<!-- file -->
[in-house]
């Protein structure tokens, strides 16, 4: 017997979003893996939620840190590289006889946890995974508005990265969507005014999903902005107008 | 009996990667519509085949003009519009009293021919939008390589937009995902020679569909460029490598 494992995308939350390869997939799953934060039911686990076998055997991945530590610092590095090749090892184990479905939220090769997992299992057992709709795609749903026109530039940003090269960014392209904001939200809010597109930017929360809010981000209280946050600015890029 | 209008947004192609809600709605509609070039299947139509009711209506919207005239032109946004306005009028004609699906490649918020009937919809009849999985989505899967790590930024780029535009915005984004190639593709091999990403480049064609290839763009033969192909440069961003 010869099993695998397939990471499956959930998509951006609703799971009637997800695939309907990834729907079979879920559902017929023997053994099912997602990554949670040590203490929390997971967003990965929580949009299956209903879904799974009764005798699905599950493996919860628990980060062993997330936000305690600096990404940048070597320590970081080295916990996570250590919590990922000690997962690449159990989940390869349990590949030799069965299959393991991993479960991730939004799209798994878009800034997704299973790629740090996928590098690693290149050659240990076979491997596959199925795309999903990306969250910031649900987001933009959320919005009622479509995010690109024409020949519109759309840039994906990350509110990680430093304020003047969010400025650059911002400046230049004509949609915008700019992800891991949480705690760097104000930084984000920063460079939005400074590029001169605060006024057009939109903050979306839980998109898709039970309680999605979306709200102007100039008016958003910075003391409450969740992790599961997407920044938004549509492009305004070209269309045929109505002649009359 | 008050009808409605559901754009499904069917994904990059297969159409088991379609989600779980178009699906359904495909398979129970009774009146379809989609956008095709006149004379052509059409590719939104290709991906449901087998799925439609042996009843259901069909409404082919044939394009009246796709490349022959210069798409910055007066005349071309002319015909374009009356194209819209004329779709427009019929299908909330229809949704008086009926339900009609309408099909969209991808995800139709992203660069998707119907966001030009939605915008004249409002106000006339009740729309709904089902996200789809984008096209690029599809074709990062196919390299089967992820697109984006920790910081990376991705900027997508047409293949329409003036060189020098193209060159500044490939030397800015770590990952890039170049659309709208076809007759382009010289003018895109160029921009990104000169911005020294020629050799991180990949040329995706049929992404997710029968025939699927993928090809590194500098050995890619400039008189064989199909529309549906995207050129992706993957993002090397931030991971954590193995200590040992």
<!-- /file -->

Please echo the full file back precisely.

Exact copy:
[in-house]
């Protein structure tokens, strides 16, 4: 017997979003893996939620840190590289006889946890995974508005990265969507005014999903902005107008 | 009996990667519509085949003009519009009293021919939008390589937009995902020679569909460029490598 494992995308939350390869997939799953934060039911686990076998055997991945530590610092590095090749090892184990479905939220090769997992299992057992709709795609749903026109530039940003090269960014392209904001939200809010597109930017929360809010981000209280946050600015890029 | 209008947004192609809600709605509609070039299947139509009711209506919207005239032109946004306005009028004609699906490649918020009937919809009849999985989505899967790590930024780029535009915005984004190639593709091999990403480049064609290839763009033969192909440069961003 010869099993695998397939990471499956959930998509951006609703799971009637997800695939309907990834729907079979879920559902017929023997053994099912997602990554949670040590203490929390997971967003990965929580949009299956209903879904799974009764005798699905599950493996919860628990980060062993997330936000305690600096990404940048070597320590970081080295916990996570250590919590990922000690997962690449159990989940390869349990590949030799069965299959393991991993479960991730939004799209798994878009800034997704299973790629740090996928590098690693290149050659240990076979491997596959199925795309999903990306969250910031649900987001933009959320919005009622479509995010690109024409020949519109759309840039994906990350509110990680430093304020003047969010400025650059911002400046230049004509949609915008700019992800891991949480705690760097104000930084984000920063460079939005400074590029001169605060006024057009939109903050979306839980998109898709039970309680999605979306709200102007100039008016958003910075003391409450969740992790599961997407920044938004549509492009305004070209269309045929109505002649009359 | 008050009808409605559901754009499904069917994904990059297969159409088991379609989600779980178009699906359904495909398979129970009774009146379809989609956008095709006149004379052509059409590719939104290709991906449901087998799925439609042996009843259901069909409404082919044939394009009246796709490349022959210069798409910055007066005349071309002319015909374009009356194209819209004329779709427009019929299908909330229809949704008086009926339900009609309408099909969209991808995800139709992203660069998707119907966001030009939605915008004249409002106000006339009740729309709904089902996200789809984008096209690029599809074709990062196919390299089967992820697109984006920790910081990376991705900027997508047409293949329409003036060189020098193209060159500044490939030397800015770590990952890039170049659309709208076809007759382009010289003018895109160029921009990104000169911005020294020629050799991180990949040329995706049929992404997710029968025939699927993928090809590194500098050995890619400039008189064989199909529309549906995207050129992706993957993002090397931030991971954590193995200590040992």